At this time of year, birds that have made the UK their home during the summer are packing their proverbial bags for the journey south. Over at Cardiff Riding School the “resident” swallows are joined by others of their kind but at this time of year it is the species visiting the paddocks that begin to interest me.
On a recent autumnal wander I had one species in mind – spotted flycatcher. Perhaps not a showy as its relative the pied flycatcher, the spotted flycatcher, (or spofl) is one of my favourite summer migrants. To be honest it, it would feature highly in my top-ten of British Birds.
Bonus points were scored early with a wheatear on the paddock known as Pope’s field. As I tried (and failed) to cut this bird off at the pass to get a better view, I noticed another small bird perched on a bare alder branch on the corner of the field. As binoculars were raised in heart racing haste, the unmistakeable profile of a spotted flycatcher came in to focus.
I’ve struggled to catch up with spofls this year, despite work taking me to sites that usually make the sure the species is added to the year list.This isn’t surprising as the spofl is one of a myriad migrants that has been declining in recent years in the UK and beyond; a trend that Bird Atlas 2007-11 brings in to sharp relief. This gargantuan project, that saw over 40,000 volunteers surveying almost all of Britain and Ireland, presents a number of maps for each species encountered. Looking at the change in the breeding abundance (see right) of the spofl between the last breeding atlas (1988-91) and this one makes for depressing viewing, with the species having declined in all bar a sprinkling of places.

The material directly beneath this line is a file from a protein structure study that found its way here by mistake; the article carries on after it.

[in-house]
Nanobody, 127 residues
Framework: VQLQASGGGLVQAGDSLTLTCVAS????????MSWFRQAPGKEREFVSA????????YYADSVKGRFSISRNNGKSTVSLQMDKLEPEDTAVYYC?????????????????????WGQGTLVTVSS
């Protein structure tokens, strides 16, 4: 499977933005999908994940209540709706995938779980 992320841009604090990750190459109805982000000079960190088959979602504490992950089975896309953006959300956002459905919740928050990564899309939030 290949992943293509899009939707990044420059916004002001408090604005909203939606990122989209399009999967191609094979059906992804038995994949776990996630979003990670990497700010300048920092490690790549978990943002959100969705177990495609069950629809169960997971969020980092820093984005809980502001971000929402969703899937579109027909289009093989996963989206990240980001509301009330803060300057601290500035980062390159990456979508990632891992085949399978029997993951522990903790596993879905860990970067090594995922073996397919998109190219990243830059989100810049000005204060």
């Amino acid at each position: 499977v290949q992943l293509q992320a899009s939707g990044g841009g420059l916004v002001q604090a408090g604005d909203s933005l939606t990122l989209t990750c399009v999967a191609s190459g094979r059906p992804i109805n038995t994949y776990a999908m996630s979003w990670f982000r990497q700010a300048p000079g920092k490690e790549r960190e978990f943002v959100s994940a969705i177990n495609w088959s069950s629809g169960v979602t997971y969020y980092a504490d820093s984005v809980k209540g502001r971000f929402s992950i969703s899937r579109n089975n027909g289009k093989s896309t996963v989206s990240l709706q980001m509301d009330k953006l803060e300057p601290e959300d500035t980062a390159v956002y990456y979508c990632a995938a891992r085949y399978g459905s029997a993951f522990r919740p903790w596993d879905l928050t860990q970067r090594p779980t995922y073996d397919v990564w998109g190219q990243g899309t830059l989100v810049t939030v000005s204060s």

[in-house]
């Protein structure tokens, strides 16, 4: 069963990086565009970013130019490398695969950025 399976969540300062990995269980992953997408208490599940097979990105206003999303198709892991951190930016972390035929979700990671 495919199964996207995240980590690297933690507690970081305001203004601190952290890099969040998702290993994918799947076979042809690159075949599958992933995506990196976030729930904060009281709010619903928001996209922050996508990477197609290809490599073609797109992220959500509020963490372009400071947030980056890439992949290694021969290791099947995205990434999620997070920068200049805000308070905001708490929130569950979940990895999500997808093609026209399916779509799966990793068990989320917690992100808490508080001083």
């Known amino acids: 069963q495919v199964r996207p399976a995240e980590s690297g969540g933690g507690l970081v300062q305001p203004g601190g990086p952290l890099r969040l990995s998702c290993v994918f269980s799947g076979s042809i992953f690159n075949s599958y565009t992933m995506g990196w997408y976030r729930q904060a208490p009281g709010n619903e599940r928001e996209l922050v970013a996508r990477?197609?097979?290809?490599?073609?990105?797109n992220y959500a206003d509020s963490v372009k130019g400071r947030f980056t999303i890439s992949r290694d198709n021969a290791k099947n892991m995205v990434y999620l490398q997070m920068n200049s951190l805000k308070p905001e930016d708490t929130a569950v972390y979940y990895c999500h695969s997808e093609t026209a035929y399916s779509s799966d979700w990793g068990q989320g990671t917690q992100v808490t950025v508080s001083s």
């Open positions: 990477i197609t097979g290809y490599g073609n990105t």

No sooner had my eyes began to soak in the sight of the spofl than it was off, diving back behind into a small patch of alder. Moments later, I stood trying to follow up every twitch in the twigs for signs and was rewarded as one alighted on a branch a few meters away from me. And then another! These were fleeting glimpses, almost as fleeting as the flitting of the supporting cast of blackcap, willow warbler and chiffchaff but soon my tally was up to four birds. Four spotted flycatchers where before I had none!
As I watched these elegant and understated migrants going about their business, elation began to fade and was replaced with a sense of sadness. What makes the decline of our migrant protagonist so sad is that it is a species of catholic taste when it comes breeding locations, being equally at home in church yards, parks and gardens as it is in more traditional woodland. In the 1970’s and perhaps the early 1980’s this species bred in good numbers in and around the location I was standing. In my lifetime this breeding population has declined and disappeared; the species is just a passage migrant. Perhaps the odd pair does still breeds there but I’ve heard no rumours or seen no signs. Who knows, if I had been born a decade earlier then spofls, not swallows, would be the subject of my studies.